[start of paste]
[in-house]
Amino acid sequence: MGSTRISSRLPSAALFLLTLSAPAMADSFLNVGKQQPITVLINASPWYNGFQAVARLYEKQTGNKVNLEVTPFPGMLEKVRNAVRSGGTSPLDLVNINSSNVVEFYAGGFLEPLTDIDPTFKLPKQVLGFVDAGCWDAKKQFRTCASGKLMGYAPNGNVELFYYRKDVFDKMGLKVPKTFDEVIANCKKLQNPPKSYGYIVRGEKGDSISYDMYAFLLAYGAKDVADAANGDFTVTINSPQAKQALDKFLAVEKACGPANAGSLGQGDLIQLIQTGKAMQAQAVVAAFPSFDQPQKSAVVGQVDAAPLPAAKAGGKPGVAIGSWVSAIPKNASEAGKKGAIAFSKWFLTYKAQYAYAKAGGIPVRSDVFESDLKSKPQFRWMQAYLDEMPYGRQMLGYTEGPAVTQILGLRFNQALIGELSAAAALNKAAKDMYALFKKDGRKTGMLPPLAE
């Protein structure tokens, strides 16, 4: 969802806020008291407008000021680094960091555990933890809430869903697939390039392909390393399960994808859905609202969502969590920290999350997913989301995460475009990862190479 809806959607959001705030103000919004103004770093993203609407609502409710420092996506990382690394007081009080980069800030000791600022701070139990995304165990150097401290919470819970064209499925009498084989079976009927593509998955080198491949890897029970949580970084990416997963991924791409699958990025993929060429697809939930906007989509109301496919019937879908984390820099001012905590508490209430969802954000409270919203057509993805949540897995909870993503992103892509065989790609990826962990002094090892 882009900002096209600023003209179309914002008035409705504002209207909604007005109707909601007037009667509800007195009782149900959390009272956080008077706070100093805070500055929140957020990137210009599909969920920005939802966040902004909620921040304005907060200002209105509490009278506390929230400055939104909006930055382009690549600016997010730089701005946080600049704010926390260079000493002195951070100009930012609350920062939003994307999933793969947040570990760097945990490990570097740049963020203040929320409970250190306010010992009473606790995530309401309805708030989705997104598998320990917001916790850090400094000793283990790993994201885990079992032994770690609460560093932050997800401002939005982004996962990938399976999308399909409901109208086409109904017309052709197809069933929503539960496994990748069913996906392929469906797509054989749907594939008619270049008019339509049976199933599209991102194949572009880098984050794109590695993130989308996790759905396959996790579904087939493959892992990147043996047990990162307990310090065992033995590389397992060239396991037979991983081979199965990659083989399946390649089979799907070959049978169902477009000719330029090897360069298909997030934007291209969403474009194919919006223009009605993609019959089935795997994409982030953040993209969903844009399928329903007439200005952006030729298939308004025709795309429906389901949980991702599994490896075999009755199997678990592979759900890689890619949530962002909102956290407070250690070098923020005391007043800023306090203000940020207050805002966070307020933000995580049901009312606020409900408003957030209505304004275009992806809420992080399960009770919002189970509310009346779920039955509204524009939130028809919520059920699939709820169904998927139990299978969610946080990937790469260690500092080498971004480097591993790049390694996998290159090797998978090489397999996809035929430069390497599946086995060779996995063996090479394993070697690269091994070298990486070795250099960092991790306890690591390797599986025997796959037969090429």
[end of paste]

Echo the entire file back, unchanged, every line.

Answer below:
[in-house]
Amino acid sequence: MGSTRISSRLPSAALFLLTLSAPAMADSFLNVGKQQPITVLINASPWYNGFQAVARLYEKQTGNKVNLEVTPFPGMLEKVRNAVRSGGTSPLDLVNINSSNVVEFYAGGFLEPLTDIDPTFKLPKQVLGFVDAGCWDAKKQFRTCASGKLMGYAPNGNVELFYYRKDVFDKMGLKVPKTFDEVIANCKKLQNPPKSYGYIVRGEKGDSISYDMYAFLLAYGAKDVADAANGDFTVTINSPQAKQALDKFLAVEKACGPANAGSLGQGDLIQLIQTGKAMQAQAVVAAFPSFDQPQKSAVVGQVDAAPLPAAKAGGKPGVAIGSWVSAIPKNASEAGKKGAIAFSKWFLTYKAQYAYAKAGGIPVRSDVFESDLKSKPQFRWMQAYLDEMPYGRQMLGYTEGPAVTQILGLRFNQALIGELSAAAALNKAAKDMYALFKKDGRKTGMLPPLAE
């Protein structure tokens, strides 16, 4: 969802806020008291407008000021680094960091555990933890809430869903697939390039392909390393399960994808859905609202969502969590920290999350997913989301995460475009990862190479 809806959607959001705030103000919004103004770093993203609407609502409710420092996506990382690394007081009080980069800030000791600022701070139990995304165990150097401290919470819970064209499925009498084989079976009927593509998955080198491949890897029970949580970084990416997963991924791409699958990025993929060429697809939930906007989509109301496919019937879908984390820099001012905590508490209430969802954000409270919203057509993805949540897995909870993503992103892509065989790609990826962990002094090892 882009900002096209600023003209179309914002008035409705504002209207909604007005109707909601007037009667509800007195009782149900959390009272956080008077706070100093805070500055929140957020990137210009599909969920920005939802966040902004909620921040304005907060200002209105509490009278506390929230400055939104909006930055382009690549600016997010730089701005946080600049704010926390260079000493002195951070100009930012609350920062939003994307999933793969947040570990760097945990490990570097740049963020203040929320409970250190306010010992009473606790995530309401309805708030989705997104598998320990917001916790850090400094000793283990790993994201885990079992032994770690609460560093932050997800401002939005982004996962990938399976999308399909409901109208086409109904017309052709197809069933929503539960496994990748069913996906392929469906797509054989749907594939008619270049008019339509049976199933599209991102194949572009880098984050794109590695993130989308996790759905396959996790579904087939493959892992990147043996047990990162307990310090065992033995590389397992060239396991037979991983081979199965990659083989399946390649089979799907070959049978169902477009000719330029090897360069298909997030934007291209969403474009194919919006223009009605993609019959089935795997994409982030953040993209969903844009399928329903007439200005952006030729298939308004025709795309429906389901949980991702599994490896075999009755199997678990592979759900890689890619949530962002909102956290407070250690070098923020005391007043800023306090203000940020207050805002966070307020933000995580049901009312606020409900408003957030209505304004275009992806809420992080399960009770919002189970509310009346779920039955509204524009939130028809919520059920699939709820169904998927139990299978969610946080990937790469260690500092080498971004480097591993790049390694996998290159090797998978090489397999996809035929430069390497599946086995060779996995063996090479394993070697690269091994070298990486070795250099960092991790306890690591390797599986025997796959037969090429």